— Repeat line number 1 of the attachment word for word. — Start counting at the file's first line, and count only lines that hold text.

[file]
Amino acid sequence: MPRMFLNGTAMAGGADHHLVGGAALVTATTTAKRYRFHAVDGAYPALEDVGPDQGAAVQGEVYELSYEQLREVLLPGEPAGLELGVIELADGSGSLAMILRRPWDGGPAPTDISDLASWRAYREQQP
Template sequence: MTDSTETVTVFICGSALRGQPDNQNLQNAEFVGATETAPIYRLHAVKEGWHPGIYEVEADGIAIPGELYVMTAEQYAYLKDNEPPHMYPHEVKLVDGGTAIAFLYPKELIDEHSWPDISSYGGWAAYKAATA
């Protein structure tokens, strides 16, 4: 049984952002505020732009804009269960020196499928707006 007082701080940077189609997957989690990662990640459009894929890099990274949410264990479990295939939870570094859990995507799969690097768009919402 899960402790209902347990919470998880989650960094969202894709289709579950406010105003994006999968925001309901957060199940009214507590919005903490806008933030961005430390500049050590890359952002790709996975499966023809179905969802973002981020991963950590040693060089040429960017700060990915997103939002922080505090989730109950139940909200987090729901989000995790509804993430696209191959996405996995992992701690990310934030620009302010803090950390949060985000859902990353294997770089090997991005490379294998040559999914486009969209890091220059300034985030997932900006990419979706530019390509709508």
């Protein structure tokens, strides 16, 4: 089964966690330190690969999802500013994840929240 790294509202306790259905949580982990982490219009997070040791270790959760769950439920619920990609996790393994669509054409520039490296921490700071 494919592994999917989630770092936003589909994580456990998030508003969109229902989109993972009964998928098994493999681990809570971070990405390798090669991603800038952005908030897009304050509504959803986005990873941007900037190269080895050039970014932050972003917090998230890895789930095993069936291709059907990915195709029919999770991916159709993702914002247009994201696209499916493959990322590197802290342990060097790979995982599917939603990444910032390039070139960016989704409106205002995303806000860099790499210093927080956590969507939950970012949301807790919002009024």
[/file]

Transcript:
Amino acid sequence: MPRMFLNGTAMAGGADHHLVGGAALVTATTTAKRYRFHAVDGAYPALEDVGPDQGAAVQGEVYELSYEQLREVLLPGEPAGLELGVIELADGSGSLAMILRRPWDGGPAPTDISDLASWRAYREQQP